• 29 replies, 50,831 views

    Domestic / cross cultural issues - Thai / Foreigner concerns

    The Value of a Tourist.

    By Sean Moran, Created on: 18/01/2009, Last updated on: 15/12/2010

    » What are some of the most common positive and negative results of foreign tourists from overseas visiting Thailand? Thai opinions welcome, kap.

    • dutchboy commented : Who are we kidding here? Of course tourism is important to Thailand. As stated by some posters, not the only source of income, but still an important factor to the whole economy. Look at yourself as a private investor, would you like to gamble your whole capital in one investment, or spread over multiple? Same with the economy, the more diversified it is, the better suited to absorb downturns in one of the sectors. I live in a Soi where the guides for Bicycle Tours lead their foreign customers. Before the "Reds" actions they passed there virtually every day with groups of 8-15 tourists. After the "Reds" that went down to 2-3 times per week, and usually 2-4 tourists in a group. The guides did not look happy. Now, after about 6 months, the groups are getting bigger again, the frequency gets higher, and the guides are starting to smile again, because....... $$$$ Now are all tourists good? No, course not, but that is not a Thailand problem, it is a world wide problem. Look at the havoc that Western European (British, Dutch, German etc) are causing in tourist centers in Spain and Greece. Difference with Thailand is that they are coping with it. Here they are just complaining that tourists are so bad. Sex-tourism? Yes, so what. Granted, I come from a very progressive country when it comes to these kind of things (first to legalise marihuana, abortion, same sex marriage, etc), in my home country Prostitution is now an accepted for of work. A majority of the prostitutes is organised, get social benefits, etc. And yes, we are happy that foreign tourist come to Amsterdam, and spent their money there. So why not in Thailand?

    • 85 replies, 111,416 views

    Thai environment, energy, safety issues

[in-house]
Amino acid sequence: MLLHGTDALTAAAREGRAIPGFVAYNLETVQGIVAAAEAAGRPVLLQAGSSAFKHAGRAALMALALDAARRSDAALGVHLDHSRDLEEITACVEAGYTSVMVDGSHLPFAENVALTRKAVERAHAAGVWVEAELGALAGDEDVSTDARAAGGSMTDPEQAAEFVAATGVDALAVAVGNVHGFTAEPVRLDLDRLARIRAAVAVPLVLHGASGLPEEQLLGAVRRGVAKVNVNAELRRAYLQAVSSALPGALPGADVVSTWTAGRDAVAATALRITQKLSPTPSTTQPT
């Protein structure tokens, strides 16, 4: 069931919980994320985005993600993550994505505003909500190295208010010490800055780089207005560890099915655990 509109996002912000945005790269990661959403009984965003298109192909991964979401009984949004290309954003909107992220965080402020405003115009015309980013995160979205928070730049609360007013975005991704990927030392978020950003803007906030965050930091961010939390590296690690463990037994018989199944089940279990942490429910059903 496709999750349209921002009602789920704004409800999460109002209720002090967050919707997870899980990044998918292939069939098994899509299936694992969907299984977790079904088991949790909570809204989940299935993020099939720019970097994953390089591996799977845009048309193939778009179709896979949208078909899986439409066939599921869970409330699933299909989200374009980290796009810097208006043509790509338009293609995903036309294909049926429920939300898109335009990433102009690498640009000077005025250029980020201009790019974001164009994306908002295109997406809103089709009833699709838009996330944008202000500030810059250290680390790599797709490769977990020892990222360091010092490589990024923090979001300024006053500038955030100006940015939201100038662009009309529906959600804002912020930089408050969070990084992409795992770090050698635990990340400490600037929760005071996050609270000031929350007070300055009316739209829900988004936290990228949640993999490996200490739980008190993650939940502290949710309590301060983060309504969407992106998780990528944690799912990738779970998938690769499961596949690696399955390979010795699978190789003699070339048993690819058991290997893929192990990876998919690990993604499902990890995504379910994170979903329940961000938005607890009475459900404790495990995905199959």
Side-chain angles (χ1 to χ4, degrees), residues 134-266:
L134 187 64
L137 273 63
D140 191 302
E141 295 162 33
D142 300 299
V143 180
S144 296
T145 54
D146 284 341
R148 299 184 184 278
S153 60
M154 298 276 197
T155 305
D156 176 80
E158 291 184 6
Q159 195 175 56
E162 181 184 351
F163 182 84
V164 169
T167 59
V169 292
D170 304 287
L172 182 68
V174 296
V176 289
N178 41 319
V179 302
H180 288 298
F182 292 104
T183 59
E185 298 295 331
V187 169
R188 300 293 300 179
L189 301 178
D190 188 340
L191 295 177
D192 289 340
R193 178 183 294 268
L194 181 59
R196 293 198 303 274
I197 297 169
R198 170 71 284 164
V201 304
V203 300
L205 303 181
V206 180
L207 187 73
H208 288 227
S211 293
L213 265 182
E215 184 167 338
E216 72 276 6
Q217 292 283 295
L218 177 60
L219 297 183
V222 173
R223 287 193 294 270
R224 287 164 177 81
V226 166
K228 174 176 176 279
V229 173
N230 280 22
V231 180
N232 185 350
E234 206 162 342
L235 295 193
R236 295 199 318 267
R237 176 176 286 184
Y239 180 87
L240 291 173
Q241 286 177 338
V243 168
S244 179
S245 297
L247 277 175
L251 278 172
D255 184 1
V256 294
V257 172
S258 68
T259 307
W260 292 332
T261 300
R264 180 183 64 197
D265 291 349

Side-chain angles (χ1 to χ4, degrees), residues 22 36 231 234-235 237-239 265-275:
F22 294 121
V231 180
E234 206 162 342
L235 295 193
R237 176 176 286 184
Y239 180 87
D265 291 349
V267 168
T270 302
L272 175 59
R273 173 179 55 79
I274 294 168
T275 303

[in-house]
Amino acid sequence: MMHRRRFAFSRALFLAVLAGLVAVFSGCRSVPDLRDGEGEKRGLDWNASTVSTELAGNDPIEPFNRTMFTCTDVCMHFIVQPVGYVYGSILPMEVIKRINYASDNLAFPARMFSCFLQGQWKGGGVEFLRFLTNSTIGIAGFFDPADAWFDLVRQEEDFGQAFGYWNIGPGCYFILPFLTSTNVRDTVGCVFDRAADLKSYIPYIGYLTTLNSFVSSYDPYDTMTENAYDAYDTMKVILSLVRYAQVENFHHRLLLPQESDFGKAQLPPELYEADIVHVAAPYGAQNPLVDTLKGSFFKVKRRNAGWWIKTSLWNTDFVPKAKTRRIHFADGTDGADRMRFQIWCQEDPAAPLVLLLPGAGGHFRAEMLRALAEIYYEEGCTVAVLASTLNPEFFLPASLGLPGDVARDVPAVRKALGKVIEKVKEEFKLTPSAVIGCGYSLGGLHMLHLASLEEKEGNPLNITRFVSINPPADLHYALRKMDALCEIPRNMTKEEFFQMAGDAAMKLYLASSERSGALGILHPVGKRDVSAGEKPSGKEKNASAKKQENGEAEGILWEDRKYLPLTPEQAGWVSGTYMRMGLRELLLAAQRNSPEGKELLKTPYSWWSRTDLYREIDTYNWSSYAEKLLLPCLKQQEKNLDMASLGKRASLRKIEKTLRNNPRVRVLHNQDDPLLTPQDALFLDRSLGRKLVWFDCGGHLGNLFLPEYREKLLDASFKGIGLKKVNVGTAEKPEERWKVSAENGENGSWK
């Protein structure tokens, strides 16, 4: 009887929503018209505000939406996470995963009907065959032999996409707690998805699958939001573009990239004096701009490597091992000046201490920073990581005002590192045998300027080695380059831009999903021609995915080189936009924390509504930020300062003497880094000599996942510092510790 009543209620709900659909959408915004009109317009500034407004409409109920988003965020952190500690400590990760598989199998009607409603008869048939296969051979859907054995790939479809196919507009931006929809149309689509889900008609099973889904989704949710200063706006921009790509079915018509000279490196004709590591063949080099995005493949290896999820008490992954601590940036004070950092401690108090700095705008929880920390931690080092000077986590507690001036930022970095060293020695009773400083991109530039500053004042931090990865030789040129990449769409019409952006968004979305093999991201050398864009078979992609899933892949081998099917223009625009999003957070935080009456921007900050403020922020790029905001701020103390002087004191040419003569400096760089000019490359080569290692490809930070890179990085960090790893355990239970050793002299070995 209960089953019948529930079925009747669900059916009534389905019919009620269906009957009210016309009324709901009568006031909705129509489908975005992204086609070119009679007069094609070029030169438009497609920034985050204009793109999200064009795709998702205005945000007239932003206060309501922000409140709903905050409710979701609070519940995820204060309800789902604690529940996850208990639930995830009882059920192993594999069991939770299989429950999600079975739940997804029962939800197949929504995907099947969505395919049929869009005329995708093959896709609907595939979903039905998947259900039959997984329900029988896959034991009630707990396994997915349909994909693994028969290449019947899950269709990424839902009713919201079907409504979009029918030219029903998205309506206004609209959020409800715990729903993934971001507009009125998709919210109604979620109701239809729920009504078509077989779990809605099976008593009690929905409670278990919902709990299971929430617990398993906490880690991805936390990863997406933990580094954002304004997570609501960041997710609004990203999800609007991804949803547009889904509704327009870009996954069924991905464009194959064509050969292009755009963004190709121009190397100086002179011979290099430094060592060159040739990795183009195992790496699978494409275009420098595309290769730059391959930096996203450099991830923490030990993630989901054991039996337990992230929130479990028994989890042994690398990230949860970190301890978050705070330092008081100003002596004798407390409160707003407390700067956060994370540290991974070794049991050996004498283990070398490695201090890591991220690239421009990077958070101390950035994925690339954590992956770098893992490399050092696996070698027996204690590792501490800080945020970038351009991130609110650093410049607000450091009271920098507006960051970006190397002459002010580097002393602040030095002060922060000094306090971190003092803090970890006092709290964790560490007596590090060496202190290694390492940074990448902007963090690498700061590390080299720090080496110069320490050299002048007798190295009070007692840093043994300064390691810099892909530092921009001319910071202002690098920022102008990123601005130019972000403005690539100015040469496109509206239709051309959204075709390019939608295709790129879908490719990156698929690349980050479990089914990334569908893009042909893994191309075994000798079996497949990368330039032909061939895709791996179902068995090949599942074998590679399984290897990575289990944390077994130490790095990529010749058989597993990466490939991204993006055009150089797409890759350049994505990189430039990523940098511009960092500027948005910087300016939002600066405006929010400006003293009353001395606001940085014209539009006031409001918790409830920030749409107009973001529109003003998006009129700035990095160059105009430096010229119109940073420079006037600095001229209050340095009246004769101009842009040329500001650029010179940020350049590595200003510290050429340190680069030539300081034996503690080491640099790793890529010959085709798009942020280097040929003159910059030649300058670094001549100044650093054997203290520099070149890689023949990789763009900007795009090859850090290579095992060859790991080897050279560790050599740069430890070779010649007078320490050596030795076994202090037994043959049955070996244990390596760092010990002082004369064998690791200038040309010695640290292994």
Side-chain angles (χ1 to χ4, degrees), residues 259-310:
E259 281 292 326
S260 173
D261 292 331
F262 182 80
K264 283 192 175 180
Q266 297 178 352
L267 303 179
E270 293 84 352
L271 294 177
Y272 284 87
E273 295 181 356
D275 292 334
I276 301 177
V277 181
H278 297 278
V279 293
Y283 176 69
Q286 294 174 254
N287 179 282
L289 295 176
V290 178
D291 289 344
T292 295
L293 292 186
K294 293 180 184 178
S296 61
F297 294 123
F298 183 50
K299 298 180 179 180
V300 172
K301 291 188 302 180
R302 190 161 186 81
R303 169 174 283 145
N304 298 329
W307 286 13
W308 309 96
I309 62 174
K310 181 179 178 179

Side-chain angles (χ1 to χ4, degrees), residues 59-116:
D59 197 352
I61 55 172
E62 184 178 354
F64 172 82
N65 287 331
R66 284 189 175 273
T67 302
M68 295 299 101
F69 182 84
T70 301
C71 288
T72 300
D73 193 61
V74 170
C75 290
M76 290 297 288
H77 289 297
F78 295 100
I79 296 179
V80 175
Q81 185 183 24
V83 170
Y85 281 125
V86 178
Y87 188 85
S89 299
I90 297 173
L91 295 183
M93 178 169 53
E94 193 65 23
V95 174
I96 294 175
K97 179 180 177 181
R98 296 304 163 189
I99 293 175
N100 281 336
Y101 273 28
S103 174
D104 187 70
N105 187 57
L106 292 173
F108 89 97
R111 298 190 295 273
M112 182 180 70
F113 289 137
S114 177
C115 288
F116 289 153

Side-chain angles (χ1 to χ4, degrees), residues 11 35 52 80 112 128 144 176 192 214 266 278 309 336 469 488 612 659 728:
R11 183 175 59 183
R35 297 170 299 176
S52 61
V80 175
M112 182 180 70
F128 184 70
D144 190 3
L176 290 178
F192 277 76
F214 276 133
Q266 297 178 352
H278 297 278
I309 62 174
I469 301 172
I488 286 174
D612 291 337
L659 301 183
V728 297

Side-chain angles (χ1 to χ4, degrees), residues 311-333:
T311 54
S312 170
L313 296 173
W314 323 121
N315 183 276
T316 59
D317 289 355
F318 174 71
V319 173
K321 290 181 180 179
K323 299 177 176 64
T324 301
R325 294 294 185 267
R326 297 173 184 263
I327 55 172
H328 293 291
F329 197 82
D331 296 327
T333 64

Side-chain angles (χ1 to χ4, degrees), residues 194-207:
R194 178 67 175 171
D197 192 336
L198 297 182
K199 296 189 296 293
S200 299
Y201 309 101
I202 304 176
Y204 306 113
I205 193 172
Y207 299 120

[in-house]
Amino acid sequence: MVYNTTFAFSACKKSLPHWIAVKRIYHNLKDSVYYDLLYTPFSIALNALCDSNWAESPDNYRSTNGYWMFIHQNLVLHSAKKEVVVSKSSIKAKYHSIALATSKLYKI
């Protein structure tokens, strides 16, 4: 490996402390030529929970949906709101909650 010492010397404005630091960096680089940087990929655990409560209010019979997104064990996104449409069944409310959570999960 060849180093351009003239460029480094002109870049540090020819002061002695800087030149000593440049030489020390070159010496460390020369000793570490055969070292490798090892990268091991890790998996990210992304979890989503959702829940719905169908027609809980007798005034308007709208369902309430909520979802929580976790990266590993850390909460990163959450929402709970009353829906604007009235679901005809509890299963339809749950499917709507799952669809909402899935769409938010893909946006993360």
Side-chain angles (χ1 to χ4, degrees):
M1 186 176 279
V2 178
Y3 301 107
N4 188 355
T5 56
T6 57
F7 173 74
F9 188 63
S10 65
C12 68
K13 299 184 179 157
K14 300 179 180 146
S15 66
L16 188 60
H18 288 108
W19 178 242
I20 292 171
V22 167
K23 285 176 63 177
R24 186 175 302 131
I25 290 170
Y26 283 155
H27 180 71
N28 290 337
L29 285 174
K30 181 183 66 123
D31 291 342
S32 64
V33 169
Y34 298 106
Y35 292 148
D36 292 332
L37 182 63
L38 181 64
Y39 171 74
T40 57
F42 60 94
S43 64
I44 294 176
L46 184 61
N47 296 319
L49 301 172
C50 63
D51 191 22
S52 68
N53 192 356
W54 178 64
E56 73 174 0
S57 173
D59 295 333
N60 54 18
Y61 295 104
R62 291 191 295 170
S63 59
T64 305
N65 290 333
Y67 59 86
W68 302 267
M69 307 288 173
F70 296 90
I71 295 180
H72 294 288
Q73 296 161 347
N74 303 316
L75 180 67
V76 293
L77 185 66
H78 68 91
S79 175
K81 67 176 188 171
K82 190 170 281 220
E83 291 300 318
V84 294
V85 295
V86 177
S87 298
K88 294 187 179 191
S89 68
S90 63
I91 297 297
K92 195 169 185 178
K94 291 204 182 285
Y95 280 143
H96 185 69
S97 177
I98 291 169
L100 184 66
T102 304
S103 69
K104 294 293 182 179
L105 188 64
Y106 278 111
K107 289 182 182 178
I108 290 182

Nuclear Power for Thailand

    By Anonymous, Created on: 04/09/2007, Last updated on: 09/07/2014

    » The Prime Minister has explained the plan for a nuclear power plant to produce energy for Thailand and help Thailand move away from reliance on oil and gas. Thailand is a net importer of energy, getting much of its energy from the middle east at a huge cost to the country. Added to that the use of...

    • dutchboy commented : For those opposed and in favour of Nuclear Power Plants (the conventional ones that is), check this out: Nuclear fusion, using water (actually some atoms inside water) as fuel and producing a minimal amount of non-lethal radiation. The solution for the future (if they can make it work). Test sites are being built in Japan and France. It's a multi-nation initiative, and the sole goal of the ITER project is to find a way to generate Nuclear fusion energy safely and cost effective. Keep your fingers crossed.

    • 25 replies, 35,706 views

    Living in Thailand - adjusting + settling in

    Medical care in Thailand

    By Anonymous, Created on: 15/02/2007, Last updated on: 13/03/2014

    » So next time you go to Thailand for an holiday or medical care give the Thai people the respect they deserve. Because the nurses or the Hotel staff are mostly much under payed and their home situation is many times not so brilliant. Deal with a genuine courtesy, politeness and respect, and not in...

    • dutchboy commented : I have been living with my family (wife and 2 small children, born in Thailand) in Thailand for 7 years now. We had many experiences for all 4 of us with several Private and Public hospitals. The level of medical treatment we received was always great. The level of professionalism and courtesy kind of varied, but I guess that is also subject to personal taste/experience. Comparing the quality of health care with the other 2 countries I have lived for extended periods of time (Netherlands and USA) I find there is nothing to complain. In Bangkok we've been moving from Bumrungrad --> Sametivej --> (now) Bangkok Hospital. In the latter we now found the for us perfect combination between quality, professionalism, efficiency and courtesy, so it looks like we will stick we that. In 7 years I will retire and we will move to my wife's home country (Philippines). However, I can assure you that if one of us needs major medical treatment I will book the first available flight to Bangkok, and have the procedure here.

    • 27 replies, 141,925 views